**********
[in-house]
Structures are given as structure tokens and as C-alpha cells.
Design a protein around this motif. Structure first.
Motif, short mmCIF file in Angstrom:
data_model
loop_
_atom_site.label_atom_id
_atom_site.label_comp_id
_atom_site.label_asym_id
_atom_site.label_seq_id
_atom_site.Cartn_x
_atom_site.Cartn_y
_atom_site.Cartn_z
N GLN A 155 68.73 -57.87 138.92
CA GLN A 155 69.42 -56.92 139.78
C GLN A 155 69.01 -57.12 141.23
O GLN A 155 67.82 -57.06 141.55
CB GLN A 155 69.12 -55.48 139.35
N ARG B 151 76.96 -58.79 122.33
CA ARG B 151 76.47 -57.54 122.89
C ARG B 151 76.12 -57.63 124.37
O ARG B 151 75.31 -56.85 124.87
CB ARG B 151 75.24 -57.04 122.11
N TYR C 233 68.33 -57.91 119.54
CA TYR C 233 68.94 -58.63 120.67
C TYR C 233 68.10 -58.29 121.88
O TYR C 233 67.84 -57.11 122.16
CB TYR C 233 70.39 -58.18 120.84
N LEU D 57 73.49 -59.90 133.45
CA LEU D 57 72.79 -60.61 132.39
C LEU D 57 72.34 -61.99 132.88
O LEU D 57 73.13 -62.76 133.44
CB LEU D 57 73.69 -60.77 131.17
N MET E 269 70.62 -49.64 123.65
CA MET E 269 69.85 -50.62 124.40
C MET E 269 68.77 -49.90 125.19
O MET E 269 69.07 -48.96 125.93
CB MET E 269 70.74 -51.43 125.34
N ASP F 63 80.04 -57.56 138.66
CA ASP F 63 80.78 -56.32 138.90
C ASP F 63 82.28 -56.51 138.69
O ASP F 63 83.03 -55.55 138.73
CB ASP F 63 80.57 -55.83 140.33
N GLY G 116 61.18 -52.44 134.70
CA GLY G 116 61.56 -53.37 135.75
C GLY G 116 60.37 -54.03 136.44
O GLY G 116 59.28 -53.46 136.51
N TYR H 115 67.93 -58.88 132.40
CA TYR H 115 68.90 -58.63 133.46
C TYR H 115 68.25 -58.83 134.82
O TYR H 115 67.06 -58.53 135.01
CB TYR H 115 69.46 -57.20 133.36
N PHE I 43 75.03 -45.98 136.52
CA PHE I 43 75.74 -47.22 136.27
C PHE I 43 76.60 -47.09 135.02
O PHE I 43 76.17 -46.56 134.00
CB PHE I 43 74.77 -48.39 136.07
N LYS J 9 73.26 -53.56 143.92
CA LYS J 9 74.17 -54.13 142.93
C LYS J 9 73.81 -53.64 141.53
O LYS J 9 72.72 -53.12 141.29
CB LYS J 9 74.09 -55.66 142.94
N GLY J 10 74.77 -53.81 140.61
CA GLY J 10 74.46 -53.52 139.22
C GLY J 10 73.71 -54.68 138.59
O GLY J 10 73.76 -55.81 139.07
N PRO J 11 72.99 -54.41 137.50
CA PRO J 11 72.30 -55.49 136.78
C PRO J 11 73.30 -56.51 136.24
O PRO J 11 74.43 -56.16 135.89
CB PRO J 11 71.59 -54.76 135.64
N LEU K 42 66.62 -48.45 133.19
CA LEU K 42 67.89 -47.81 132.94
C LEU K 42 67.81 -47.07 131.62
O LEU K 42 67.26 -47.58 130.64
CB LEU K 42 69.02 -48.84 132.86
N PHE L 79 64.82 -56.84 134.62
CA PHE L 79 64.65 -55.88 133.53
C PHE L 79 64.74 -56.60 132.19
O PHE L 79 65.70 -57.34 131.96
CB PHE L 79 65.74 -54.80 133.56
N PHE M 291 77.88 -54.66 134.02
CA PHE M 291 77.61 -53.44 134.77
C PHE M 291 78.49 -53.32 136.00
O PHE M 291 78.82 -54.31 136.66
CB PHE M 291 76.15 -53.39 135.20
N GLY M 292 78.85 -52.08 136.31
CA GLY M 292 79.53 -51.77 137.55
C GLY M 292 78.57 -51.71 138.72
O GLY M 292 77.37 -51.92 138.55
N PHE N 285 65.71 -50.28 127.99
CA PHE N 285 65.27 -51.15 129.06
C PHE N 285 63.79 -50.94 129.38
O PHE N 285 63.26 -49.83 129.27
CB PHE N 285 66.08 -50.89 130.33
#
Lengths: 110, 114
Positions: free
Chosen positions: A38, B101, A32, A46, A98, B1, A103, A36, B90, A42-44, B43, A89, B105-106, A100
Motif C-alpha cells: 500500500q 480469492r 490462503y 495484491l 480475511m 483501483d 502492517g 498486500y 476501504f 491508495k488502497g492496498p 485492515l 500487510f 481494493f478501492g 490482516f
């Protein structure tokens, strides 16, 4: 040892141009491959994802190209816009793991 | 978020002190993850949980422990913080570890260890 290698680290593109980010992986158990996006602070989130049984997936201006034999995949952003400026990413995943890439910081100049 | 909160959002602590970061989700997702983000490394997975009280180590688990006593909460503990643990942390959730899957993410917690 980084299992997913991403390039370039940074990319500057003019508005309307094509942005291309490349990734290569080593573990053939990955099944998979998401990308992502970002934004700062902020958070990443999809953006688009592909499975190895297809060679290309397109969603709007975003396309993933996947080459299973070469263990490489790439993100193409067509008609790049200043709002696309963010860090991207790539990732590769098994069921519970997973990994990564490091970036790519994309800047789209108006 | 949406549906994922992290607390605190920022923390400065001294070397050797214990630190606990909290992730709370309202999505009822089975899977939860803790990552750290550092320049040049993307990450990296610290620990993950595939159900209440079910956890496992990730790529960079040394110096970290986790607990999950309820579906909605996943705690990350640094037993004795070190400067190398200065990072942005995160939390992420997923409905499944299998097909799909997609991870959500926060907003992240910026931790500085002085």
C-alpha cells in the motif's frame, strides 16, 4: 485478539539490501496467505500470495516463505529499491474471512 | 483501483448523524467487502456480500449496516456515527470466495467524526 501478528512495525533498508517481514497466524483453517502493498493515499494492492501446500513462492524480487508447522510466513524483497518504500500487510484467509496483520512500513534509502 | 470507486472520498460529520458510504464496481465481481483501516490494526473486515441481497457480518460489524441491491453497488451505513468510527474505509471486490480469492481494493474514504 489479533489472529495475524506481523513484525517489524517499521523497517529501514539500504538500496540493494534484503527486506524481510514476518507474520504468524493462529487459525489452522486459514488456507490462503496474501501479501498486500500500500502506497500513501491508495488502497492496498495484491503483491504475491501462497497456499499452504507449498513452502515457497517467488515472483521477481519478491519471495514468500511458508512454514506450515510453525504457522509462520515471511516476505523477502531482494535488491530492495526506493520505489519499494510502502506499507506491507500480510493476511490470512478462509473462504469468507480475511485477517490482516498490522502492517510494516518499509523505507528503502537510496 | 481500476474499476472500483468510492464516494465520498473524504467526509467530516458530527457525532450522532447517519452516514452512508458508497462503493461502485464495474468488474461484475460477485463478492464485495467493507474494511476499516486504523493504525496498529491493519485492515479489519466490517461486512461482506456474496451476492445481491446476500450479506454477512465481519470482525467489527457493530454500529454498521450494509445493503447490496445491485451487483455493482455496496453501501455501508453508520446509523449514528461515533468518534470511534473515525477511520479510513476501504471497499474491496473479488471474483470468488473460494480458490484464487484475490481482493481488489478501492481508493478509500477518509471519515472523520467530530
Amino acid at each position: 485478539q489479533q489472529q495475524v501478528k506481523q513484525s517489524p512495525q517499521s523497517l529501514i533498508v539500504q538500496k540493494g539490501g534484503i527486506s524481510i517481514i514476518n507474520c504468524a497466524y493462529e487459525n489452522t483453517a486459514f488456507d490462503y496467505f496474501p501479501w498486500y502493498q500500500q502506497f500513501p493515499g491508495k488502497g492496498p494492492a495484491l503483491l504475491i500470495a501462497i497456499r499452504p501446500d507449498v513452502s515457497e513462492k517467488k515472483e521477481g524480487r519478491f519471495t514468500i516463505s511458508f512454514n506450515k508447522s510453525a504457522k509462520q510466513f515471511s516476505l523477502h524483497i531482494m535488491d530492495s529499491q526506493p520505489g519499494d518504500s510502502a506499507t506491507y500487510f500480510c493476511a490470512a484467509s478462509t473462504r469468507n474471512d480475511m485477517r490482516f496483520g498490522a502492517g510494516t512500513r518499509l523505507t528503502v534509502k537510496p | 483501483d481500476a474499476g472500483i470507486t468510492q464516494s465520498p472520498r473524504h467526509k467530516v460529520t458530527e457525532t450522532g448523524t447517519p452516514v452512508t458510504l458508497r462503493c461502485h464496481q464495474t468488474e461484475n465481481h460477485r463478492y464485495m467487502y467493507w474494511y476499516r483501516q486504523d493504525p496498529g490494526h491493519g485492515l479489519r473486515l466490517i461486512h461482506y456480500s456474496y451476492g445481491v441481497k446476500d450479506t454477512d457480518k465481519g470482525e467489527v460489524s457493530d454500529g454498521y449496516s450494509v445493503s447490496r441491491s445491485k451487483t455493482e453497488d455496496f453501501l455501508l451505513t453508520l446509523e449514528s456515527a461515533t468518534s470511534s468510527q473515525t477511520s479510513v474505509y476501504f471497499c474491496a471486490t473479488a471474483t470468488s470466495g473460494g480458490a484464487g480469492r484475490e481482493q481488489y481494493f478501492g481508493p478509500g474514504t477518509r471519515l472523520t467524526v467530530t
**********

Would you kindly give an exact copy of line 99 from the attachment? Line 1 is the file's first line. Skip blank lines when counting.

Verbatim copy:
Chosen positions: A38, B101, A32, A46, A98, B1, A103, A36, B90, A42-44, B43, A89, B105-106, A100